According to a recent UBS study, in the wake of the pandemic, “80% of women want to protect their family more than ever before”. Will they take action?
Let’s change the “Women budget, men invest” cultural norm.
UBS recently completed their “Own your worth 2020” (link opens in new tab) study, which examines women’s views and actions related to financial independence. In 2018, they completed a similar study and found that at some point in their life, 8 in 10 women would find themselves alone and solely responsible for their financial situation, as a result of divorce, becoming widowed, or never marrying. It’s clear to see that women need to be engaged in their personal financial situation, and empowered to make financial decisions.
The study finds that the old trope “women budget, men invest” still applies to many women. Even among single women and millennial women, they feel less confident in their ability to make financial decisions than similar men do, according to the study.
The study says that “nearly half of women with an advanced degree (46%) defer to spouses” when it comes to financial decisions – even though the majority of both men and women believe “equal financial participation is necessary for true gender equality”.
Among the women who defer to their husbands on financial decisions, there are multiple reasons, including “lack of confidence, complacency, entrenched roles and a desire to keep the peace in their relationships. Overall, most women who defer tend to believe their spouse knows more about investing and other long-term decisions,” according to the study.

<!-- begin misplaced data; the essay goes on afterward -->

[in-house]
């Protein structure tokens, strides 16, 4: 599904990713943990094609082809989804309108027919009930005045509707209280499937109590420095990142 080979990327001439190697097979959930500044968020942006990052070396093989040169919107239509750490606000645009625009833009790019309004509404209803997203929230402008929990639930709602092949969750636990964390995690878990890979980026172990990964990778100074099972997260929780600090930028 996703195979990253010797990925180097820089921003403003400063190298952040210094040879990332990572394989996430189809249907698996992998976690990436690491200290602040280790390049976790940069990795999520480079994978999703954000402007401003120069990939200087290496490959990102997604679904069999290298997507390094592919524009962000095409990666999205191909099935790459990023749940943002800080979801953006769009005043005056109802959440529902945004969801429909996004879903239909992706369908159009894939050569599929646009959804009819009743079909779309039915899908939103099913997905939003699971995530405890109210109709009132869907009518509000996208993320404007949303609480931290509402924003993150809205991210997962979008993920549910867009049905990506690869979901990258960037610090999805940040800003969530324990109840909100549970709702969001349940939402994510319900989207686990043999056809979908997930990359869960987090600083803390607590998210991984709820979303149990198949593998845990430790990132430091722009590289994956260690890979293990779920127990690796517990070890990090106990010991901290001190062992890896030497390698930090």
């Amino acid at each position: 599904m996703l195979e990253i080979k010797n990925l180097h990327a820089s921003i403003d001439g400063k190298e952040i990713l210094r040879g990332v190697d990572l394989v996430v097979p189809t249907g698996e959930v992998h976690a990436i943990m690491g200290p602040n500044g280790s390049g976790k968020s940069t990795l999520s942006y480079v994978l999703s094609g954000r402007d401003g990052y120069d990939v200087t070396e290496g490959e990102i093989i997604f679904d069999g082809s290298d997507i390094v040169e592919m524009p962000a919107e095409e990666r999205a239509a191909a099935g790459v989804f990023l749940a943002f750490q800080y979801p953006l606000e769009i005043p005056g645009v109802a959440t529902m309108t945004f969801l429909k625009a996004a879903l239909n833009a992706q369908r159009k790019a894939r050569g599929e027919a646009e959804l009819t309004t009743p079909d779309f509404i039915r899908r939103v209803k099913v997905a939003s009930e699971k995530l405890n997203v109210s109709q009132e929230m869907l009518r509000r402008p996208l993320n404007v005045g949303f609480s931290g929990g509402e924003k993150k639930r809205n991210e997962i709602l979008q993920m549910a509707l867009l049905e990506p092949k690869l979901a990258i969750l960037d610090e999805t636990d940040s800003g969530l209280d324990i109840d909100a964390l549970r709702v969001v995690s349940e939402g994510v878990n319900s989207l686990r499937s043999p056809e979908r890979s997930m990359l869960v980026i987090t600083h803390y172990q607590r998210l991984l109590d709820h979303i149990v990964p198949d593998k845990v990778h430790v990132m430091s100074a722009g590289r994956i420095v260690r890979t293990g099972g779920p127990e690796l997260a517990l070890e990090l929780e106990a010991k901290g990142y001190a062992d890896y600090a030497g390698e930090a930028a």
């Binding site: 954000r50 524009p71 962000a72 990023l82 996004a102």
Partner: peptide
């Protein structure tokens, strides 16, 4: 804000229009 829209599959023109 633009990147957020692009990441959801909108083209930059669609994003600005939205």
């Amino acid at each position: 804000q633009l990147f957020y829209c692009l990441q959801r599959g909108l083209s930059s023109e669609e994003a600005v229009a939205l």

We need to do a better job making financial advice and education more accessible to women.
I try to create a “judgement free” zone as I’m discussing financial matters with clients. There can be a lot of shame and fear that people associate with financial matters; shame that I don’t know enough, fear that I’m not where I should be. These feelings can sometimes get in the way of taking action on financial matters. But how are we supposed to learn about these topics? We’re not required to take a class on personal finance in school – although that might be a good start! We also need to offer up more women role models, so moms, this can mean figuring out how you can become a better role model in this area for your daughters and sons.
The pandemic has led many women to want to take action more than before.
According to the UBS study, 8 in 10 women want to protect their families more than ever before. So here’s a few tips if you’re considering taking action on your financial situation.
- Talk to your spouse about your concerns or questions. Try to leave behind the unhelpful past behaviors and pre-judgements in the conversation, and simply talk about what you would like to learn.
- Agree on some financial goals. These could be budget-oriented, such as keeping track of your monthly expenses to identify where your money goes; or more long-term, such as saving up for children’s college education or buying a new home. The financial goal could also be task-oriented, such as getting all your financial papers in order.
- Ask for help from a professional. Sometimes a professional financial advisor can be helpful in creating a financial plan for your family. Maybe you need help managing your investments. Reaching out to a fiduciary financial advisor, who will keep your interests top priority, can be a wise choice for some families.